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A Pigeon Looking for a New Roost

Overburdened with Debt, Government Seeks to Divesting Itself of Merpati Nusantara Airlines

(7/14/2013) Indonesia’s Minister of State-Owned Enterprises Dahlan Iskan has confirmed the Government’s intention to sell off the shares of Merpati Nusantara Airlines as a last-ditch step to save the debt-ridden airline.

Quoted in Bisnis.com, Dahlan said before meeting the National House of Representatives (DPR) on Thursday, July 11, 2013, “The option of releasing shares by inviting a strategic investor is being done because efforts at restructuring the company have not yielded satisfying results.

The decision by the government to divest itself of the troubled airline remains one of the few remaining steps available to save the air carrier. Candidate investors are invited declare their intent and submit proposals to the Ministry of State Owned Enterprises (BUMN) – the agency that holds Merpati’s shares on behalf of the Government.

He went on to explain that in addition to simply declaring an interest in acquiring Merpati investors should also summarize their vision for rescuing the national flag carrier.

The BUMN has tried repeatedly to restructure the Airline’s business through cash injections, staff reductions, relocation of the carrier’s head office and rescheduling the debt of Merpati through a debt to equity swap.
In December 2011, Merpati received a cash injection from the government totaling Rp. 561 billion (US$5.6 million). A 2012 request for an additional cash injection of Rp. 250 billion (US$2.5 million) remains unanswered by the government to this day.

A restructuring team has been unsuccessfully trying to deal with major creditors that include PT Pertamina (fuel), PT Angkasa Pura I and PT Ankasa Pura II (airport charges) and PT Perusahaan Pengelola Asset. There are the additional complication of subsidiary loan agreements owed to the government, debt to the private sector and to aircraft leasing companies.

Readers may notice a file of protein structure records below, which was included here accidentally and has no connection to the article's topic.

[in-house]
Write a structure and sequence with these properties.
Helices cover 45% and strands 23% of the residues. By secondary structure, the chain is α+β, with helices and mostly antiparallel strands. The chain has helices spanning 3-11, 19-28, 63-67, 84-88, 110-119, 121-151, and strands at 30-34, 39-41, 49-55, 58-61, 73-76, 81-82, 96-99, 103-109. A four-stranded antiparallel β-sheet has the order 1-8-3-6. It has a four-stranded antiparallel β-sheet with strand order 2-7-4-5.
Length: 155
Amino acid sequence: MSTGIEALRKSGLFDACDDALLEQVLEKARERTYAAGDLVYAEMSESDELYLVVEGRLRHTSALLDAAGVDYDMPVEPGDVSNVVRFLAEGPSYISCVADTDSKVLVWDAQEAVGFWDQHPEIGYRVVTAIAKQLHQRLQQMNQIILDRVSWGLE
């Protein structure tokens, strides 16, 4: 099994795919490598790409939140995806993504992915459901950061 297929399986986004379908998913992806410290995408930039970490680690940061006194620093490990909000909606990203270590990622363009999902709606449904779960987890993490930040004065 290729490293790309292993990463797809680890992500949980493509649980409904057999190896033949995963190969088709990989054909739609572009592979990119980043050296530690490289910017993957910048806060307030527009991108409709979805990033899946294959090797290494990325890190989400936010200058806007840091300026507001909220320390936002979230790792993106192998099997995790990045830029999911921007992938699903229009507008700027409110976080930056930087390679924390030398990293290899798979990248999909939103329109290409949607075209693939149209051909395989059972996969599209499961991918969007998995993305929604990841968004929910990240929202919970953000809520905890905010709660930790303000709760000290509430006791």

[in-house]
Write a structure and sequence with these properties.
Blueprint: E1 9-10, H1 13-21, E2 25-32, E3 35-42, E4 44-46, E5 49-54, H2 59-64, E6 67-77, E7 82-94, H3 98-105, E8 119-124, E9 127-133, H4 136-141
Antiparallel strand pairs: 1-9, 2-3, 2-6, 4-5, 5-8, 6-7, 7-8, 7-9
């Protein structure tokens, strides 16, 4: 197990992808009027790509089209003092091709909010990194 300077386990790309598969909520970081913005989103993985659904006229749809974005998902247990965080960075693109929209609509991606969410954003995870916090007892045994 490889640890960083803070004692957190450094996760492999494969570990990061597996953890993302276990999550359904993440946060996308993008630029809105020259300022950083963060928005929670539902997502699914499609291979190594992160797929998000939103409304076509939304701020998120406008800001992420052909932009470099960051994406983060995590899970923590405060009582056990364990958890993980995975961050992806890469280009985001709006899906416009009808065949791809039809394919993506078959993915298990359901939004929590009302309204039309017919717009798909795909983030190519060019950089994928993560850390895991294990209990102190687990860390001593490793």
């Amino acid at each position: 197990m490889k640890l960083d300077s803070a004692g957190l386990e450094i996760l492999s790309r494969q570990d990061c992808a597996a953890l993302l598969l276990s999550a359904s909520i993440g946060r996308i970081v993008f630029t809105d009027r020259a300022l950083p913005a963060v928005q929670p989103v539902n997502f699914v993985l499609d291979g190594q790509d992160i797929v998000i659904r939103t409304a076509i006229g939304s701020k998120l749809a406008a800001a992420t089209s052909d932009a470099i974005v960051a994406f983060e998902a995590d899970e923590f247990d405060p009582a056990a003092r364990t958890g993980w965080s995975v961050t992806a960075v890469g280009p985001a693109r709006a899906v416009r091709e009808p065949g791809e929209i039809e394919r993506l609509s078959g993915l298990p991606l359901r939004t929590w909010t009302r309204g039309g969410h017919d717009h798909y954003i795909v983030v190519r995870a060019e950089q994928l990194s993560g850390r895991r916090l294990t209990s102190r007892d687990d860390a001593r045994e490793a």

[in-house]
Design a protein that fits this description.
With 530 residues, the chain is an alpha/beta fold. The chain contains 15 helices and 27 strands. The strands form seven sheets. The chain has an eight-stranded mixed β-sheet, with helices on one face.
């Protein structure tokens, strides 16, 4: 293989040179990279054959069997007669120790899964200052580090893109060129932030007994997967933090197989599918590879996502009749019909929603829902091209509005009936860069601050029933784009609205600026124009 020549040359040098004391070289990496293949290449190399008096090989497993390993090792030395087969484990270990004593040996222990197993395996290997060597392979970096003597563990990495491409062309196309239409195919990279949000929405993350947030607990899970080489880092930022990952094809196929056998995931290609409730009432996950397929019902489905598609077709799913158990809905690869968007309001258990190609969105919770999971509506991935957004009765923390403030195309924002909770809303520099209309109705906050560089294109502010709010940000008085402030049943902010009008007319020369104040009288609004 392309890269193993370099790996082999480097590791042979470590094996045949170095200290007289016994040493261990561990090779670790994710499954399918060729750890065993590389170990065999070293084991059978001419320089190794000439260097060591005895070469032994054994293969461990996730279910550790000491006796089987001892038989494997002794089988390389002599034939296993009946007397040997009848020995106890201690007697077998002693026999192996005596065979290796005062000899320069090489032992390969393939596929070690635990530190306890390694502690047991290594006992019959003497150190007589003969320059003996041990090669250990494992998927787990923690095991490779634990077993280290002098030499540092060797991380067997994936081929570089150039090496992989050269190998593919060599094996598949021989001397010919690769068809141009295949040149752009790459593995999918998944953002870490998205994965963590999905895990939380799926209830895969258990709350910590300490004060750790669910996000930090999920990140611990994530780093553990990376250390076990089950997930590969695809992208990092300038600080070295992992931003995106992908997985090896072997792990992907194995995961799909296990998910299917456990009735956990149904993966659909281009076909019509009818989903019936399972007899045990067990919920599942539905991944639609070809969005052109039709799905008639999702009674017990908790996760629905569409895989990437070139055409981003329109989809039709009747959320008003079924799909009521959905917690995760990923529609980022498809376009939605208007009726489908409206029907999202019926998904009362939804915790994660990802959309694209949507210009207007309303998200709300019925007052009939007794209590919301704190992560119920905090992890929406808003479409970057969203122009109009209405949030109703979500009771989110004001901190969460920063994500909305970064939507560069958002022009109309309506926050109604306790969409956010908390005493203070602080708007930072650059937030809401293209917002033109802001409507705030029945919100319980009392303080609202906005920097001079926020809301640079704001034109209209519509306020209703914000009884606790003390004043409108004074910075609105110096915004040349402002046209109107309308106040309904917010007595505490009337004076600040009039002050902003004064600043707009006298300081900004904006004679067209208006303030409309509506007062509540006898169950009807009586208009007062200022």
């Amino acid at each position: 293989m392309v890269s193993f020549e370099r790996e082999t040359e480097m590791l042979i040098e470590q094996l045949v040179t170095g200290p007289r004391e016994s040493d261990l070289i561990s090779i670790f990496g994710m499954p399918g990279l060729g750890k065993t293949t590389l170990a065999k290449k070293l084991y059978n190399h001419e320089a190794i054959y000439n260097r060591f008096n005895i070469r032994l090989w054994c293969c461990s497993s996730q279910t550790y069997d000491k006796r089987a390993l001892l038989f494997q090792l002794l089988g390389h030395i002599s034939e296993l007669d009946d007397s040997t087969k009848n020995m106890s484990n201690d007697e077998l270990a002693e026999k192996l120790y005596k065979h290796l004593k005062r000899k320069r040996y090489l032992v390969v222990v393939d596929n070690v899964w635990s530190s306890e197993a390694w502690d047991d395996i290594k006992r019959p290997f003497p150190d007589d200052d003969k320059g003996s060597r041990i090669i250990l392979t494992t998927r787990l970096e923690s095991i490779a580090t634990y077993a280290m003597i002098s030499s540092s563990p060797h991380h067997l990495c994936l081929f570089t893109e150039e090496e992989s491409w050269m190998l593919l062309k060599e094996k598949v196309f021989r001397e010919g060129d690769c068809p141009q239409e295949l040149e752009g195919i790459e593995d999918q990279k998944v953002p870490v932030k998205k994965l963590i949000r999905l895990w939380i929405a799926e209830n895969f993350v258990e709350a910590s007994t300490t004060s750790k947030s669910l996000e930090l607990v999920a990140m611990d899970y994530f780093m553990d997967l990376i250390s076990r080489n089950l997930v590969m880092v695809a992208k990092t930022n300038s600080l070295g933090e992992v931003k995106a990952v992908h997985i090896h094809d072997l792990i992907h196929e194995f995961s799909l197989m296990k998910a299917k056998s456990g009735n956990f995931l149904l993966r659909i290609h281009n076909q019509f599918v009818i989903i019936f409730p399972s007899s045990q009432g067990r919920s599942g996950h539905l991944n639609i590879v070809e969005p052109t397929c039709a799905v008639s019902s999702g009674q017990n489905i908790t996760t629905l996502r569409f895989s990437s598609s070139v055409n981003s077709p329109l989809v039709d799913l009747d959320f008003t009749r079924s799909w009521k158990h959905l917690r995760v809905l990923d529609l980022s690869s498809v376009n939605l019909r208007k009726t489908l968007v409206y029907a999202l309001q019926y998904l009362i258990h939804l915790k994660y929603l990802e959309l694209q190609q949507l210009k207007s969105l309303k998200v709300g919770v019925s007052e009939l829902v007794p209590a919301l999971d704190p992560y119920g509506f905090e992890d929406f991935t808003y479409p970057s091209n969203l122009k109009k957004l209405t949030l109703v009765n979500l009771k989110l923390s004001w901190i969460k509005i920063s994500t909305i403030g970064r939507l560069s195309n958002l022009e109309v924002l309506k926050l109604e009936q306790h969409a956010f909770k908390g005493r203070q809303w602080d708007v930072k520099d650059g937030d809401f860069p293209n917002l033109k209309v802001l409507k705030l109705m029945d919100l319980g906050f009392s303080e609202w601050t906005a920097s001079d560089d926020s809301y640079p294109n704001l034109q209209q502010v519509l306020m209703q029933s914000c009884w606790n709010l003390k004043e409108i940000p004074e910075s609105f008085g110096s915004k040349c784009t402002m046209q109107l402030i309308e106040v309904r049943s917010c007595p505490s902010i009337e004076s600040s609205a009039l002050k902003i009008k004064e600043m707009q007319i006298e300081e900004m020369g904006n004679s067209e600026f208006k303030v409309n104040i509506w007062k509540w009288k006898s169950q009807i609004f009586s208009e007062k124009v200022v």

Dahlan freely admits that Merpati Nusantara’s financial condition has become critical with debts now approaching Rp. 6 trillion (US$600 million).

Earlier, it was reported in the press that a toll road company was interested in purchasing Merpati’s shares. “But, after we investigated there is apparently no letter or proposal that has been submitted to that effect,” said Dahlan.

Dahlan now waits for a serious expression of interest from a party interested in acquiring Merpati Nusantara Airlines. “Whoever that may be, whether it be a foreign or domestic company, please let us know. The new investor can be from any sector and does not necessarily need to be an airline,” urged the Minister. 

Minister Dahlan’s invitation to foreign investors is apparently preconditioned on the understanding that foreign ownership of any Indonesian airlines cannot exceed 49% of all shares.